7 new songs from Louisville musicians

I still believe in the power of playlists. Maybe it’s because streaming algorithms are trash. Maybe it’s because it’s an easy and effective way of sharing new and important music. Maybe it’s because I love pop culture discussions. But, whatever it is, it’s definitely a time to seek out new local music and buy it. When Congress adjourned without a second stimulus package, instead of moving forward with bills such as the Save Our Stages Act, it put our, and every other, small music scene in jeopardy. The $10 billion bill could send relief to independent venues to help music clubs across the nation stay alive. Without it, the future is uncertain. So, consider buying one or more of these songs, past records or merch from these local artists.

Yons — ‘Rolio’

The multi-skilled hip-hop savant Yons is back with a quick, 1:13-minute track that holds up a mirror to 2020, the year that America’s bandages were ripped off of multiple, old wounds. On “Rolio,” the local rapper, producer, engineer builds poetic and timely riddles around sharp drums, soulful keys and atmospheric background vocals. Like Common or Bob Dylan before him, Yons will send you back through several lines, searching for the meaning to his puzzles. Every line is open-ended, nuanced and complex, but it’s obvious he’s frustrated and worried, which makes it so relevant and relatable.

Jaye Jayle — ‘Don’t Blame The Rain’

Jaye Jayle can create tension like few other bands can, and the dark post-punk song “Don’t Blame The Rain” is a shining example of that. It contains an impressive mixture of upbeat energy and ominous presence, resulting in something dynamic and powerful. It replicates the brain reactions to the strangest moments of “Twin Peaks,” but it’s also something you could dance to. Whenever they open the vampire nightclubs back up, I’m sure this will be on rotation.

The Archaeas — ‘Reality Commander’

The best, new punk borrows and splices the best elements of the genre’s past and updates and tweaks it for a new generation. Like a band such as White Reaper, The Archaeas excel at that, taking the groundwork laid by bands including the Dead Boys and turning out burning, snarling songs that have their own personality. “Reality Commander” is the lead single from The Archaeas’ forthcoming self-titled debut album, which will be released on Sept. 18. This is a band to watch.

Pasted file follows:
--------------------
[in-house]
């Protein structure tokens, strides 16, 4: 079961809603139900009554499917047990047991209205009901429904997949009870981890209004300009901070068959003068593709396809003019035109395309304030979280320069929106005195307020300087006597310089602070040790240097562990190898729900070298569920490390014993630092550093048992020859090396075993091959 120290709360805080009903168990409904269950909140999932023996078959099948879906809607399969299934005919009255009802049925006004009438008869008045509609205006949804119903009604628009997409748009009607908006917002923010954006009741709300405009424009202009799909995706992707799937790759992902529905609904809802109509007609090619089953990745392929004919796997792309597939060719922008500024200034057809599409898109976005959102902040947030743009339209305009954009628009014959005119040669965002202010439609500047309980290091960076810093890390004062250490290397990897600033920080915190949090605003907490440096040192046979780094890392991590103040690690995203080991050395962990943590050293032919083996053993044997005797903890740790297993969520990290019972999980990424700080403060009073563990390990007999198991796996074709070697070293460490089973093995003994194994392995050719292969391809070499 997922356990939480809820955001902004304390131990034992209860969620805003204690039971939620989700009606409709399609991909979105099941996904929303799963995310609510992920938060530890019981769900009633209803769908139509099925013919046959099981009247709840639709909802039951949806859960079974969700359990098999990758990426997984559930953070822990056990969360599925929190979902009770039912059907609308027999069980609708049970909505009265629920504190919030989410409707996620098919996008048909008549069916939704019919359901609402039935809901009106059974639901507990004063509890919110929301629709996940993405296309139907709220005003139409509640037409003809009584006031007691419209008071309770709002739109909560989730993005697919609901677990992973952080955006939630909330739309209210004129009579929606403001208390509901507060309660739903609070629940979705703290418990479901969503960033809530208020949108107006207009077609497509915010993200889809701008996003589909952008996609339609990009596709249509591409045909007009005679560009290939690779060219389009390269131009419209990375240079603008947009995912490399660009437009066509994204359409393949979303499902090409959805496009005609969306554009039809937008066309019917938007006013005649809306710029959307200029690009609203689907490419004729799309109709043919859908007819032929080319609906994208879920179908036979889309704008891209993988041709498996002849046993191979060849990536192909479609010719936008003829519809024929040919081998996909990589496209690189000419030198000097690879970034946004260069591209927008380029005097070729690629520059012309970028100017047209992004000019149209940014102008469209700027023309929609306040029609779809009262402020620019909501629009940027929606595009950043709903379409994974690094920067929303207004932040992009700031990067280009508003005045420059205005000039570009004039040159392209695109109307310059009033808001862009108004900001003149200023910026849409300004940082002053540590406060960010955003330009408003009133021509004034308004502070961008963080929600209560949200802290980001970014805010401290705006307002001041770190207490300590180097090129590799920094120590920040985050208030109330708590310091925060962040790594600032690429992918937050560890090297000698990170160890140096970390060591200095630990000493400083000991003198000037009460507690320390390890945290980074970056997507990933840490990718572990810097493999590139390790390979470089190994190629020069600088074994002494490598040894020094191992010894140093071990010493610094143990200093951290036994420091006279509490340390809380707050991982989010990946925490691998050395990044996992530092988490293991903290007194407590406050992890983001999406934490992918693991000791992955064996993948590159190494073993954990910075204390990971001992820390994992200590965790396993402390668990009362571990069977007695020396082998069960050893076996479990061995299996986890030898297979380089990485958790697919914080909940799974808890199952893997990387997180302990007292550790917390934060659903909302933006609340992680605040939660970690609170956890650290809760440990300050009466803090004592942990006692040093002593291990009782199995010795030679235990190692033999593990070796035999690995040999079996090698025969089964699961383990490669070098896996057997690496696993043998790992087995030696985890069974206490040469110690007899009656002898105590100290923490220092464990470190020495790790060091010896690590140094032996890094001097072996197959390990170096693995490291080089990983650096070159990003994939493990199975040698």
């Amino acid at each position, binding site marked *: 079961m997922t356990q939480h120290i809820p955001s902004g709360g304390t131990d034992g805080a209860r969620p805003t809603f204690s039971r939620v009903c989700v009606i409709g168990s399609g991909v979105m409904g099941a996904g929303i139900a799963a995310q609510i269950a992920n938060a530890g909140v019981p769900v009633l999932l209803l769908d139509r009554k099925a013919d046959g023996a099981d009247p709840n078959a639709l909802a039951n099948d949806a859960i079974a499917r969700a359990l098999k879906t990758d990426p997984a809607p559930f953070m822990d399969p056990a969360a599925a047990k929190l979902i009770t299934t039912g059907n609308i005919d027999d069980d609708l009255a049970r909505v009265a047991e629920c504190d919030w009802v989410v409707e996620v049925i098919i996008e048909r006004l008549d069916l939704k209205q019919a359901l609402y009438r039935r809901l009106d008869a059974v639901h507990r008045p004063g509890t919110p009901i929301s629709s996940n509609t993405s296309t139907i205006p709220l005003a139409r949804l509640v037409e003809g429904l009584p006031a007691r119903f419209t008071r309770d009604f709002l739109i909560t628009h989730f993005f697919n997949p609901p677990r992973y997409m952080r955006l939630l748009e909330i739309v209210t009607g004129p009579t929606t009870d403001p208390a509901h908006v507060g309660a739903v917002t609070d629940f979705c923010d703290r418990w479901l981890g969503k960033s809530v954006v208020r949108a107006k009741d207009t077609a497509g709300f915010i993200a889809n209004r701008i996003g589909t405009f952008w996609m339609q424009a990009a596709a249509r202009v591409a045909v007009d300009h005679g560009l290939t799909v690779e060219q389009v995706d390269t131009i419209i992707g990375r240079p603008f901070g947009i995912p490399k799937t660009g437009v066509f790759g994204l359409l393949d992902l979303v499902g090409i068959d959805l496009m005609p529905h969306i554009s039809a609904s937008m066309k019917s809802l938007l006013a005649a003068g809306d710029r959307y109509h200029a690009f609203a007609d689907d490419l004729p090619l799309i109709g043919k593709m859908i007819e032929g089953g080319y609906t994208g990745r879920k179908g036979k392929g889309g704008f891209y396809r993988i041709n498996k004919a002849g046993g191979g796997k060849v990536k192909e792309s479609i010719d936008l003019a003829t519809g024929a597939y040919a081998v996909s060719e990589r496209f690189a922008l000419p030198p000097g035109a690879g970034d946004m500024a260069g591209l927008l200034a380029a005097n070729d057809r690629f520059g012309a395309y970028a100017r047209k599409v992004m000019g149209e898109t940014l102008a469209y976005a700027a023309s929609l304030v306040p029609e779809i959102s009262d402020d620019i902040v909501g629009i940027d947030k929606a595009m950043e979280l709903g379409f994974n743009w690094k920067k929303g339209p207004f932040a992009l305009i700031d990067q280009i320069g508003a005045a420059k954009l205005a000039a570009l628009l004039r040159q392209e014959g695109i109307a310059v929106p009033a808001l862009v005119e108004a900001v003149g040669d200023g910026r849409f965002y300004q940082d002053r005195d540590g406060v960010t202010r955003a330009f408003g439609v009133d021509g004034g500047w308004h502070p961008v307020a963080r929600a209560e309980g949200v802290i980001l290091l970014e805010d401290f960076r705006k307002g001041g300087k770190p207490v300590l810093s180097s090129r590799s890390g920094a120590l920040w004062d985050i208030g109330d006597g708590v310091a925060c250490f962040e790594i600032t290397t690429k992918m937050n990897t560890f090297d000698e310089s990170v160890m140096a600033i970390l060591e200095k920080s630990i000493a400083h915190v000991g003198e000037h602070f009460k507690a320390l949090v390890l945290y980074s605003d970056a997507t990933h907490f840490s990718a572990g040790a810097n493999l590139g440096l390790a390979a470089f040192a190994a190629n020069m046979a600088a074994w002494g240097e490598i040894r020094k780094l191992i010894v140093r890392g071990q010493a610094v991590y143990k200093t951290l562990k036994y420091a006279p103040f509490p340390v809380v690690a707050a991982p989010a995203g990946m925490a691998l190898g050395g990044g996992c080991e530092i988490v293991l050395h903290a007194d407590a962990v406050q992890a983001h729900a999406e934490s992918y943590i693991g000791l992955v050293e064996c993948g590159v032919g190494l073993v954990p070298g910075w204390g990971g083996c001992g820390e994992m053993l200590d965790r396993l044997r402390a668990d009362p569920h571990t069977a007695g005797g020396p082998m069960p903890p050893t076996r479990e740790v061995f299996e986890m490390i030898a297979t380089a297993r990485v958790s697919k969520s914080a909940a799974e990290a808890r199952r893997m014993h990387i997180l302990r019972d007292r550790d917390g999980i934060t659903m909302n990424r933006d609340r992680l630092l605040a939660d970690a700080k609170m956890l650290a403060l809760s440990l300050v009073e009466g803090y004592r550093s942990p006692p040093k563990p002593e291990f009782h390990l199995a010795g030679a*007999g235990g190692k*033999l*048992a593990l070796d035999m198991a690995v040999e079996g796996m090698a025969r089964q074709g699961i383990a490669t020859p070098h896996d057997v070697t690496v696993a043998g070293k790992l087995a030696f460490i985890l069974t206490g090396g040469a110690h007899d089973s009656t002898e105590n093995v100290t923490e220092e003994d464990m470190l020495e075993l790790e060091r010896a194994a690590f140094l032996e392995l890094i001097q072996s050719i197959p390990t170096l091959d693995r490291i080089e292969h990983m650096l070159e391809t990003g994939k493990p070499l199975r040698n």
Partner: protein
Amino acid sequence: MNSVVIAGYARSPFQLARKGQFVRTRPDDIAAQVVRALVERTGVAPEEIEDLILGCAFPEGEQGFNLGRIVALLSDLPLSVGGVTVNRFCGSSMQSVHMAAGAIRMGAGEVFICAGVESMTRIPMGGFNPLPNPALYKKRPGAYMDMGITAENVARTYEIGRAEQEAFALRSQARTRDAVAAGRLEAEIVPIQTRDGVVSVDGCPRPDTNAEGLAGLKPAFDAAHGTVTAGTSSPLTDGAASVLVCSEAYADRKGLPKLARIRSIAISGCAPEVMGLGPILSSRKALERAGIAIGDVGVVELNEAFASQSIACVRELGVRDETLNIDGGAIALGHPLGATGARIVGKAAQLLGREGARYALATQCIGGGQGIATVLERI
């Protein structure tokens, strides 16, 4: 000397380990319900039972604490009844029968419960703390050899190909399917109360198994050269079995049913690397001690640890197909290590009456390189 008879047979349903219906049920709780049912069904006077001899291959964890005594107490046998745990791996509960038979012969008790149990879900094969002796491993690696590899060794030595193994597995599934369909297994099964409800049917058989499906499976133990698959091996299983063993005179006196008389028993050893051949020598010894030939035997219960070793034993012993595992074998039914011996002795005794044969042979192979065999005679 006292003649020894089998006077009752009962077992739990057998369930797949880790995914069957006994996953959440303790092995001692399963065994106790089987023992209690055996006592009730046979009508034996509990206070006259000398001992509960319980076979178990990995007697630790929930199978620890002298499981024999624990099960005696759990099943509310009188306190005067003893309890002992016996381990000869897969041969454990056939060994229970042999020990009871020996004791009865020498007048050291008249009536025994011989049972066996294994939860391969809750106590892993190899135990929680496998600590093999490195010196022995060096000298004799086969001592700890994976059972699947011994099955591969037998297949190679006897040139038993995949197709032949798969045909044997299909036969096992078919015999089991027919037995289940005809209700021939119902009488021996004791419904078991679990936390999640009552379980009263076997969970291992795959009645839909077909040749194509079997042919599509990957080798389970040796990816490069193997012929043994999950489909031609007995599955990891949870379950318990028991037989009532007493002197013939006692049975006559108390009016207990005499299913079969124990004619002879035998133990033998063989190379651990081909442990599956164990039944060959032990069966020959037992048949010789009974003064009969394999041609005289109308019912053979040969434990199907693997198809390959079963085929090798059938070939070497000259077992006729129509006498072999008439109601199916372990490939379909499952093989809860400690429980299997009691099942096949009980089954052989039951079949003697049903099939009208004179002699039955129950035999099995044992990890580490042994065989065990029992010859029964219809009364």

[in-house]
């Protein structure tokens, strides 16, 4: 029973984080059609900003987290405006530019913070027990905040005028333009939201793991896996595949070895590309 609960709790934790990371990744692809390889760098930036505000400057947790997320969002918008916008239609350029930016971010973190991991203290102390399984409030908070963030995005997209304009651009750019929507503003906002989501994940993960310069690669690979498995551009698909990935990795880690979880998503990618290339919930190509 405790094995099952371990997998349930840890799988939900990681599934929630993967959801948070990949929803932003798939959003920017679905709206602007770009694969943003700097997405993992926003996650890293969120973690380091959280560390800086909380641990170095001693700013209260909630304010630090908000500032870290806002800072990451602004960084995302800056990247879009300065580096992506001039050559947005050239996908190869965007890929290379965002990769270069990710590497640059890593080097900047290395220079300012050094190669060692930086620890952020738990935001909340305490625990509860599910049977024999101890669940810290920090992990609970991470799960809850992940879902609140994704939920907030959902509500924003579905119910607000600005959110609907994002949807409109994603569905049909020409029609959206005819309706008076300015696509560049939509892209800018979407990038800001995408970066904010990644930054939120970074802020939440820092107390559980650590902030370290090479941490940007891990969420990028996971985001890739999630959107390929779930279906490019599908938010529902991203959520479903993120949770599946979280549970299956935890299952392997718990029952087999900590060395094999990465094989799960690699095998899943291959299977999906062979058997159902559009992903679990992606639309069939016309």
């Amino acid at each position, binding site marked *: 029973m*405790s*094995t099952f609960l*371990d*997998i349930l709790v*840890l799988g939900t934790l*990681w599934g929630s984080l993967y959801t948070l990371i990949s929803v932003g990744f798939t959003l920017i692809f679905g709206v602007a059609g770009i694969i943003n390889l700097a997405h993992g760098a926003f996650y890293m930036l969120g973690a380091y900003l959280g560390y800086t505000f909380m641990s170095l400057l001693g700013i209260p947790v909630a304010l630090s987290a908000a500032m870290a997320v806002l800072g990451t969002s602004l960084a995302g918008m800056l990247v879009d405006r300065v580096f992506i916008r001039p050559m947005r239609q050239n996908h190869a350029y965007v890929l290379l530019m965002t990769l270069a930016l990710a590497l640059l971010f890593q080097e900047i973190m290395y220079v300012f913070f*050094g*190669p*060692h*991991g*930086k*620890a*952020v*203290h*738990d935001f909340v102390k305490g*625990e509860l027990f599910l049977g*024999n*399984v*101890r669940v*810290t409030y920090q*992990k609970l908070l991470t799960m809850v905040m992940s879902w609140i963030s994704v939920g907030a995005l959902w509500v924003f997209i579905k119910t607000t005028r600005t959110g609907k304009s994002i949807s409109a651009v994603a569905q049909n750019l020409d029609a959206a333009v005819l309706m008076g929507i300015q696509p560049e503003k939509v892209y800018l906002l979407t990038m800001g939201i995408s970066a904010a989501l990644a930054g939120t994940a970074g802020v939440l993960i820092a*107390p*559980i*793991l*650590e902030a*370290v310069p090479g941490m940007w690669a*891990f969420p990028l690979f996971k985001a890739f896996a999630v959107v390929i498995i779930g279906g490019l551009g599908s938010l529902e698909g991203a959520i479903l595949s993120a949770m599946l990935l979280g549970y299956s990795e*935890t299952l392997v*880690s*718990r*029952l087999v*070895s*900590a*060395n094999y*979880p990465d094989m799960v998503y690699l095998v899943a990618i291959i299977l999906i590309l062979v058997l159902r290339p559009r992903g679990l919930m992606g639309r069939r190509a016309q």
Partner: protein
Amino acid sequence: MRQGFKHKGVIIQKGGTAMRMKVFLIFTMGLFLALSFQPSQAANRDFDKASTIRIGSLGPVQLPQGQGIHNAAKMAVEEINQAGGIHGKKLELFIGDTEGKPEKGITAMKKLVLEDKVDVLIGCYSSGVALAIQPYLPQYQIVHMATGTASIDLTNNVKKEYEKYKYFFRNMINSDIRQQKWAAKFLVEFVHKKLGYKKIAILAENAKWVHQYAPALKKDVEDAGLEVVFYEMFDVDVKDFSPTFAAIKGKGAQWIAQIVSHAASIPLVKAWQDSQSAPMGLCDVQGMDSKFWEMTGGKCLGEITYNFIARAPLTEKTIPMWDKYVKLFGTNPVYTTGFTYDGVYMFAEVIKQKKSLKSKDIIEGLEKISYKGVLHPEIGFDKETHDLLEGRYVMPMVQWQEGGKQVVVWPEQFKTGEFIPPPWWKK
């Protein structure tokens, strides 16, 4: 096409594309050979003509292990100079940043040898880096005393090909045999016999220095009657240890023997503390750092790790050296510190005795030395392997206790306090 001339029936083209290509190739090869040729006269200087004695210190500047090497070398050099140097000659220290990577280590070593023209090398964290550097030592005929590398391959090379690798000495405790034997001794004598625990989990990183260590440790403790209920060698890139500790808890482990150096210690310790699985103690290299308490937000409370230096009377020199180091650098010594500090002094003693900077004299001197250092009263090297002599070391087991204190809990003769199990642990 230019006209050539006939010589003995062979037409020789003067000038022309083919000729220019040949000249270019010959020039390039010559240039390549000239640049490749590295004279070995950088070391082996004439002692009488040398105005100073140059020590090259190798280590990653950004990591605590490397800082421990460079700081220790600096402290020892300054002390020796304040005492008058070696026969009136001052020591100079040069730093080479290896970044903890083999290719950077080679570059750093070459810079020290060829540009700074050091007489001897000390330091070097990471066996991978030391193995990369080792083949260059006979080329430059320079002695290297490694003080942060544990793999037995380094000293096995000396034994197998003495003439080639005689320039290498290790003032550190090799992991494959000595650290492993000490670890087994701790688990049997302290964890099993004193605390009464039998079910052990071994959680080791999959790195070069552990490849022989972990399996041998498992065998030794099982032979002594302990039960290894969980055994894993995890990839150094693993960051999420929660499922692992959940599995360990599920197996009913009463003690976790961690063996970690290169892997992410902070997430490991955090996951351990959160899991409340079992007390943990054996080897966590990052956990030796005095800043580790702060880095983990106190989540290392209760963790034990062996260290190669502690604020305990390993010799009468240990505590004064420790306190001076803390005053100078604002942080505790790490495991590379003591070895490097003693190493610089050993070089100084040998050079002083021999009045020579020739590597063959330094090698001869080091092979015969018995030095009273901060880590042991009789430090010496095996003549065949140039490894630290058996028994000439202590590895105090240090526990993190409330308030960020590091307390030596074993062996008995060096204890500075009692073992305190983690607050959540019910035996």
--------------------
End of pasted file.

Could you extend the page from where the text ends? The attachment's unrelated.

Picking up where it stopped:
Devine C.U.T.S feat. Smoke E. Digglera / Dru Hill — ‘A Better Man’

A soulful hip-hop track about personal accountability, “A Better Man” is a love letter and a promise. It’s simple and clear in its message: be better in the future than you were in the past, and maintain the relationships that matter to you. “A Better Man” is a smooth, radio-style easy listener of a track that has a pop prowess. Even though it’s catchy, it’s also contemplative and layered — it has heart, but it’s also smart and honest.

Howell Dawdy — ‘Sunset Zorb’

Howell Dawdy bounces from sharp social satire to goofy absurdity with ease, and while we’re getting mostly the latter on “Sunset Zorb” there always seems to be a point — or a victim of his humor — with his music. The theme to his latest album, Looking Stupid Is Good, seems to be mimicking sappy love songs by cranking up the volume on the weird dial. “Sunset Zorb” is about just what it sounds like: going on a romantic zorb bubble ride during sunset — in the style of a folk-pop song. And it’s what Howell does best: a catchy pop song that’s funny and strange on the surface and also probably a bit deeper than it seems at first.

Air Chrysalis — ‘Stay’

Through dream pop that values giant, emotional soundscapes, Air Chrysalis’ “Stay” is a melancholy plea that deals in tones and inflections that ramps up the gut-wrenching nature of the song. At heart, “Stay” is a sad pop song but around that solid and simple core, Air Chrysalis builds an expansive shoegaze-leaning universe. On “Stay,” they manage to translate the numbness of someone leaving, and that sort of hits on what the bands they’re indebted to such as Beach House and Slowdive were good at: the ability to use instruments as a way of creating waves of feelings.

The Joy Center — ‘Body Cam’

We’ve recently seen a staggering and alarming lack of footage from police body cameras that were supposed to be in use. On March 13, when Breonna Taylor was killed by police executing a no-knock warrant, none of those officers had a body cam recording. That’s the subject of this punk protest anthem by The Joy Center. With Tom Dumstorf and Mary Brown Feiock on vocals, LEO contributor Syd Bishop on guitar, Jake Miller on bass and Greg Morris on drums, there are many familiar faces from the local indie scene here, angry about what’s happening in our city. “Body Cam” isn’t shy: It’s a direct confrontation that seeks truth and justice.